Growth zone near epiphyses; in this zone cartilage cells undergo mitosis and duplicate; above hypertonic zone
Hypertonic zone Zone where cartilage cells enlarge and prepare to die; above calcification zone
Calcification zone Zone where cartilage cells die and calcify; above ossification zone
Ossification zone Zone where new bone is made from calcified cartilage cells; end of diaphysis
How epiphyseal plates close The cycle of bone growth at these plates is continuous; eventually (at puberty) the cartilage cells slow down replication while the osteoblasts continue at the same rate until cartilage is replaced by bone and only a thin epiphyseal line remains.
Hormonal control and growth Growth hormone- stimulates growth; thyroid hormone modulates activity; these hormones work together in that they regulate each other to maintain homeostasis
Overview of bone growth Most growth stops during adolescence and early adulthood; nose and lower jaw continue to grow throughout life; Osteoclasts and osteoblasts continue throughout life reshaping and remodeling bones (bone deposition and resorption) to fit our lifestyles
Bone turnover We turnover about 5-7% of bone mass per week
Bone deposit laying down bone and calcifying it; done by the osteoblasts and results in new bone formation; usually occurs after injury for additional bone strength
Vitamins and bones (bone deposit) Vitamin C- used in collagen synthesis; a deficit will cause scurvy Vitamin D- calcium absorption Vitamin A- balances bone deposit and absorption
Minerals and bones (bone deposit) Calcium, phosphorus, and magnesium
Bone resorption Break down of bone matrix; done by osteoclasts; done to raise blood calcium levels or remove necrotic debris
Lysosomal enzymes and bone (bone resorption) digest the organic matrix of bone
Acids and bone (bone resorption) convert Ca2+ salts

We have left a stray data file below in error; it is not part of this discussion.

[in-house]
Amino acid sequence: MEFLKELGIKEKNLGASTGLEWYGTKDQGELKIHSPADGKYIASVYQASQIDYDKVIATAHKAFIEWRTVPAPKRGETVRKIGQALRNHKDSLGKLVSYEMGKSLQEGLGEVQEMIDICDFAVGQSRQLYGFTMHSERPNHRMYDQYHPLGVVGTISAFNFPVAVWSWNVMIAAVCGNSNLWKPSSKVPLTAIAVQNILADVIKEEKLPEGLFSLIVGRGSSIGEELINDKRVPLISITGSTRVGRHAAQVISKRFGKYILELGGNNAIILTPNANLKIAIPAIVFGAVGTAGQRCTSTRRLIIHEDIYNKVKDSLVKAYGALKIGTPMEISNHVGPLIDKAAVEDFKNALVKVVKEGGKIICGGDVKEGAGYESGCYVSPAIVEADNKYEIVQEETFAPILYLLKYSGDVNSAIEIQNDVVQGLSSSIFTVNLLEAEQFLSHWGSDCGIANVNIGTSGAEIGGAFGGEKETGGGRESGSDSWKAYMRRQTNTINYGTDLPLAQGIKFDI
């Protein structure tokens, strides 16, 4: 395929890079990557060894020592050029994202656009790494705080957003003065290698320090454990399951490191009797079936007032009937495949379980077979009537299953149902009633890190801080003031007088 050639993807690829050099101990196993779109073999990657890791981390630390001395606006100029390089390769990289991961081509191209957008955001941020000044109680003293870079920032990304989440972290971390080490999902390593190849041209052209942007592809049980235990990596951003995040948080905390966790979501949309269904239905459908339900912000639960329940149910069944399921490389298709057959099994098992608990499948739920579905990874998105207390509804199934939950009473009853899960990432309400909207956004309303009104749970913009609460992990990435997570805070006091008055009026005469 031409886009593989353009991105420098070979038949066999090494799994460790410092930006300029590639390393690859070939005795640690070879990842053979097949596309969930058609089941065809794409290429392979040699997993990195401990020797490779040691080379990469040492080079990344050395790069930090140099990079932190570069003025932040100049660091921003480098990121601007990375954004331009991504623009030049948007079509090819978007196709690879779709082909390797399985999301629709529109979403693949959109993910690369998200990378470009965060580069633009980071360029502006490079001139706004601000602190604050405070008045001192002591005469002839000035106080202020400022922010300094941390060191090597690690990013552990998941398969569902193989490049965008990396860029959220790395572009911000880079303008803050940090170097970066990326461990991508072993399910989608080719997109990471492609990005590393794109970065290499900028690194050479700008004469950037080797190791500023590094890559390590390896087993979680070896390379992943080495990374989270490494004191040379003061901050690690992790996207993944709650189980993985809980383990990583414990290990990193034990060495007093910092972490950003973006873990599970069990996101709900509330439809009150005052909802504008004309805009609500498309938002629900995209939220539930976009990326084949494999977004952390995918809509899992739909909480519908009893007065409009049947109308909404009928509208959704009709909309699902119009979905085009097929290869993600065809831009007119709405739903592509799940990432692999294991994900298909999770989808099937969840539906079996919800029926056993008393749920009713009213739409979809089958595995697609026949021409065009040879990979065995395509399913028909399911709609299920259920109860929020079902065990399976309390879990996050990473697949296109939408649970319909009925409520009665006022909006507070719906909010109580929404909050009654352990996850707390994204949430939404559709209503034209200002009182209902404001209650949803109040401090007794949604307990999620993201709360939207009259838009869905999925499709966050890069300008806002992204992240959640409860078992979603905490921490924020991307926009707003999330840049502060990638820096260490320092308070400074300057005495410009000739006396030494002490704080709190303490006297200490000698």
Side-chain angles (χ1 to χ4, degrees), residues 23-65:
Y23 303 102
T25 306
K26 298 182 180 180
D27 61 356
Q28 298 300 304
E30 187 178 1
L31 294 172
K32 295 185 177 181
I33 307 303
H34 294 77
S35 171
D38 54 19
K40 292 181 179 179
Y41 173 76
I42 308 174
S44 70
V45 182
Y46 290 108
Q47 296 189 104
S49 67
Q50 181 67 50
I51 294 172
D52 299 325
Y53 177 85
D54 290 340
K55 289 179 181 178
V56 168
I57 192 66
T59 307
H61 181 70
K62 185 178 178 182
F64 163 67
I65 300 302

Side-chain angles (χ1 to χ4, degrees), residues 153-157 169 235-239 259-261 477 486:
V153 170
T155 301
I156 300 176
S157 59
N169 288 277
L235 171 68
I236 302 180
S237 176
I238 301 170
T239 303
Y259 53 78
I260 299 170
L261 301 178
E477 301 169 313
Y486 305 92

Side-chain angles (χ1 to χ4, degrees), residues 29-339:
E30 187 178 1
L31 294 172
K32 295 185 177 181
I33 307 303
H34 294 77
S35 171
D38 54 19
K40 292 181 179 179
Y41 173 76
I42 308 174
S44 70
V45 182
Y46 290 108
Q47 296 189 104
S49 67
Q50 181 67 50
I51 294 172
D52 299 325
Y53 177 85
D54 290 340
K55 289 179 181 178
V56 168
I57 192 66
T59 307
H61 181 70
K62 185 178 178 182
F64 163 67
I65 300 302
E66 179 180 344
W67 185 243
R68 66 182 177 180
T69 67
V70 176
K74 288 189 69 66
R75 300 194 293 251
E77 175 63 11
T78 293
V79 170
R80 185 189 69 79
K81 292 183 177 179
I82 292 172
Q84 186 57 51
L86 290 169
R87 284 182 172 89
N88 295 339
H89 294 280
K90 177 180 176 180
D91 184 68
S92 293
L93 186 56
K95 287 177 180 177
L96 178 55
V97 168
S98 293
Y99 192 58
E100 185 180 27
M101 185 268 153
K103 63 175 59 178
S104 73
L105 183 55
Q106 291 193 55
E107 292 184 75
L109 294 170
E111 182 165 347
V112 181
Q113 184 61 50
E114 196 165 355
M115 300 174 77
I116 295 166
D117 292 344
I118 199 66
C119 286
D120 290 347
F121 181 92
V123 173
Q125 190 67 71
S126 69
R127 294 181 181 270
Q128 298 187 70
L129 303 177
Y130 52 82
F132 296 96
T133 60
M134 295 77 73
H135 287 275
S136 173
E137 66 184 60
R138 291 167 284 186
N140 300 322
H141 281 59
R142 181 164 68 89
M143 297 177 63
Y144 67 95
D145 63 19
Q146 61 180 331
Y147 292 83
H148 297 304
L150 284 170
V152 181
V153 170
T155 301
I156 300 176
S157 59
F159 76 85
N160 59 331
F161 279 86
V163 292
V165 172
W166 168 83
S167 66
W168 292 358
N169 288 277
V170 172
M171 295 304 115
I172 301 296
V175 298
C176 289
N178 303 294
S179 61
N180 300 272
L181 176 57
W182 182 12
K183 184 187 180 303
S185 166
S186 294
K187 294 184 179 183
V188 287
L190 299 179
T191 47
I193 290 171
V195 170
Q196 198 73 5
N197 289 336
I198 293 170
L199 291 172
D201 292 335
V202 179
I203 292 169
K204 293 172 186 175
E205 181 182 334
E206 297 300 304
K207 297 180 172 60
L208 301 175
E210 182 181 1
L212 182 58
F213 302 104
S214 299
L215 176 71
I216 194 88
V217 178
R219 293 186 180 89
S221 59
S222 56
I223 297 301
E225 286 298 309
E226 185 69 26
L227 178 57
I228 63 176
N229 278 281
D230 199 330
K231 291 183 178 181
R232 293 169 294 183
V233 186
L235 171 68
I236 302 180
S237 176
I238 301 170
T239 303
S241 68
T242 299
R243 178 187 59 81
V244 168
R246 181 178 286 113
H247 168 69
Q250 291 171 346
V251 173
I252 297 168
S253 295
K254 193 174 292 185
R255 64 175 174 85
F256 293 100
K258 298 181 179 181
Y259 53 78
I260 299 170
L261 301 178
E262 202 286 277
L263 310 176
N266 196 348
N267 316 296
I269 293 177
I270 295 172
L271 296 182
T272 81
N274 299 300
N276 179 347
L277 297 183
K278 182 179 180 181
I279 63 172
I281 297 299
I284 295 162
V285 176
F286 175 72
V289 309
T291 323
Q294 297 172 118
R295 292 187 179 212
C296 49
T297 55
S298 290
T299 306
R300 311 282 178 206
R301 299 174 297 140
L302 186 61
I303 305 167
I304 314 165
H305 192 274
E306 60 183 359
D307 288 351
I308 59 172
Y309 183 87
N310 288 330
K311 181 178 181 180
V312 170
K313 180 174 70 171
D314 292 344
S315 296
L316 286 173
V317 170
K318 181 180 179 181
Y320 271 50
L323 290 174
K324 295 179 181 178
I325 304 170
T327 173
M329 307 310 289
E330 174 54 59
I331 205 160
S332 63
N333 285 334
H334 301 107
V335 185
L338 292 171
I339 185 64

Bone remodeling is regulated by: hormonal regulation and mechanical stress
Hormonal regulation of bone remodeling regulate blood calcium levels and homeostasis tightly by a negative feedback loop; the hormones used are calcitonin and parathyroid
Calcitonin & parathyroid hormones (bone remodeling) Calcitonin- secreted by thyroid gland and stimulates osteoblasts and suppresses parathyroid gland Parathyroid hormone- secreted by parathyroid, stimulates osteoclasts and suppresses thyroid gland
Mechanical stress and bone remodeling Ex. femur -Standing causes stress on the femur; to cope the medial side will compress and lateral side will stretch (tensile forces); lateral side contains more collagen while the medial side contains more mineral; bone adapts to the stress put on it
Bone homeostatic imbalances (bone disease) 1.Osteomalacia 2.Osteoporosis 3.Pagets disease
Osteomalacia "soft bone"; inadequate mineralization but plenty of collagen; pain when weighted; called rickets in children; causes bow legs and deformities to pelvis, skull, and ribcage; nutrition- Vitamin D
Osteoporosis Bone resorption is greater than deposit but matrix composition is normal; occurs in spongy bone, femur, neck/spine; hormone replacement therapy can help; height loss due to minor fractures in the spine; most common in women (post menopause)
Pagets disease Excessive bone formation and breakdown; abnormal ratio of spongy bone to compact bone; poor mineralization of new bone; may be viral in origin
Bone heals... similar to embryonic ossification; 5 steps
Step 1 of bone healing Hematoma (clot) forms; injured cells die; swelling, pain, and inflammation; this occurs shortly after break
Step 2 of bone healing White blood cells come to get rid of foreign materials and get rid of dead white blood cells
Step 3 of bone healing Fibrocartilage callus; soft callus (granulation); capillaries form; fibroblasts, chondroblasts, and osteoblasts are not present; occurs 2-4 days after break
Step 4 of bone healing bony callus; spongy bone forms; connects ends of broken bone
Step 5 of bone healing Bone remodeling; begins with bony callus formation; then formation of the medullary cavity; then lastly formation of compact bone
Created by: Rootb